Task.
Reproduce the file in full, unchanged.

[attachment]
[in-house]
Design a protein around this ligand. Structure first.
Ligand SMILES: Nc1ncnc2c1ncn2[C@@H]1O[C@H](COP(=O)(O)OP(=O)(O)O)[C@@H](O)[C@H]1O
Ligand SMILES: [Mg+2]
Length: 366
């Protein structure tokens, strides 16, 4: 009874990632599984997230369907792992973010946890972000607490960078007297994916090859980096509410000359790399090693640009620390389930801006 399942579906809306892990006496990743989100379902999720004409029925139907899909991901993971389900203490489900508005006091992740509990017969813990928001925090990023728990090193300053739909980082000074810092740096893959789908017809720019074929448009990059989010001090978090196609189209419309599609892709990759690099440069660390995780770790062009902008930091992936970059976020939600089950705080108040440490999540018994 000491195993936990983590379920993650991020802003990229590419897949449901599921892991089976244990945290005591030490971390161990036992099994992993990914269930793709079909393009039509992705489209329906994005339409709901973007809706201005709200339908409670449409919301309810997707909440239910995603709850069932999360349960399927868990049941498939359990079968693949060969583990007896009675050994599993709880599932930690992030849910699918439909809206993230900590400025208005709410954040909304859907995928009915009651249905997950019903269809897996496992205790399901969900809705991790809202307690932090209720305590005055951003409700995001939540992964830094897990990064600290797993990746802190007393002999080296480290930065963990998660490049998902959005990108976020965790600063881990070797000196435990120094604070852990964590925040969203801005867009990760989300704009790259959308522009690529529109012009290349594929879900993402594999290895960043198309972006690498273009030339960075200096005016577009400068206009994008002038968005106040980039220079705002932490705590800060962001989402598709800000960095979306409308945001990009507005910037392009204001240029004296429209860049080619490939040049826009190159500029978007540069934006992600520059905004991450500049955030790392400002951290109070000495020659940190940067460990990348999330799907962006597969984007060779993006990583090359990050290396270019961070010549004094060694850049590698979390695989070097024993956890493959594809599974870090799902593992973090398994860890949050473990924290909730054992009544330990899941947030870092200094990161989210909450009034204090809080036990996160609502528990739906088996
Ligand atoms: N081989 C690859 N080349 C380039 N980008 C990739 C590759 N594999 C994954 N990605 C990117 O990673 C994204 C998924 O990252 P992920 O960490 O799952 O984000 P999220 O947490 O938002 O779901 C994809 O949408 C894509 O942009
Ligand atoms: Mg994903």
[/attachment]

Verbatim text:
[in-house]
Design a protein around this ligand. Structure first.
Ligand SMILES: Nc1ncnc2c1ncn2[C@@H]1O[C@H](COP(=O)(O)OP(=O)(O)O)[C@@H](O)[C@H]1O
Ligand SMILES: [Mg+2]
Length: 366
């Protein structure tokens, strides 16, 4: 009874990632599984997230369907792992973010946890972000607490960078007297994916090859980096509410000359790399090693640009620390389930801006 399942579906809306892990006496990743989100379902999720004409029925139907899909991901993971389900203490489900508005006091992740509990017969813990928001925090990023728990090193300053739909980082000074810092740096893959789908017809720019074929448009990059989010001090978090196609189209419309599609892709990759690099440069660390995780770790062009902008930091992936970059976020939600089950705080108040440490999540018994 000491195993936990983590379920993650991020802003990229590419897949449901599921892991089976244990945290005591030490971390161990036992099994992993990914269930793709079909393009039509992705489209329906994005339409709901973007809706201005709200339908409670449409919301309810997707909440239910995603709850069932999360349960399927868990049941498939359990079968693949060969583990007896009675050994599993709880599932930690992030849910699918439909809206993230900590400025208005709410954040909304859907995928009915009651249905997950019903269809897996496992205790399901969900809705991790809202307690932090209720305590005055951003409700995001939540992964830094897990990064600290797993990746802190007393002999080296480290930065963990998660490049998902959005990108976020965790600063881990070797000196435990120094604070852990964590925040969203801005867009990760989300704009790259959308522009690529529109012009290349594929879900993402594999290895960043198309972006690498273009030339960075200096005016577009400068206009994008002038968005106040980039220079705002932490705590800060962001989402598709800000960095979306409308945001990009507005910037392009204001240029004296429209860049080619490939040049826009190159500029978007540069934006992600520059905004991450500049955030790392400002951290109070000495020659940190940067460990990348999330799907962006597969984007060779993006990583090359990050290396270019961070010549004094060694850049590698979390695989070097024993956890493959594809599974870090799902593992973090398994860890949050473990924290909730054992009544330990899941947030870092200094990161989210909450009034204090809080036990996160609502528990739906088996
Ligand atoms: N081989 C690859 N080349 C380039 N980008 C990739 C590759 N594999 C994954 N990605 C990117 O990673 C994204 C998924 O990252 P992920 O960490 O799952 O984000 P999220 O947490 O938002 O779901 C994809 O949408 C894509 O942009
Ligand atoms: Mg994903």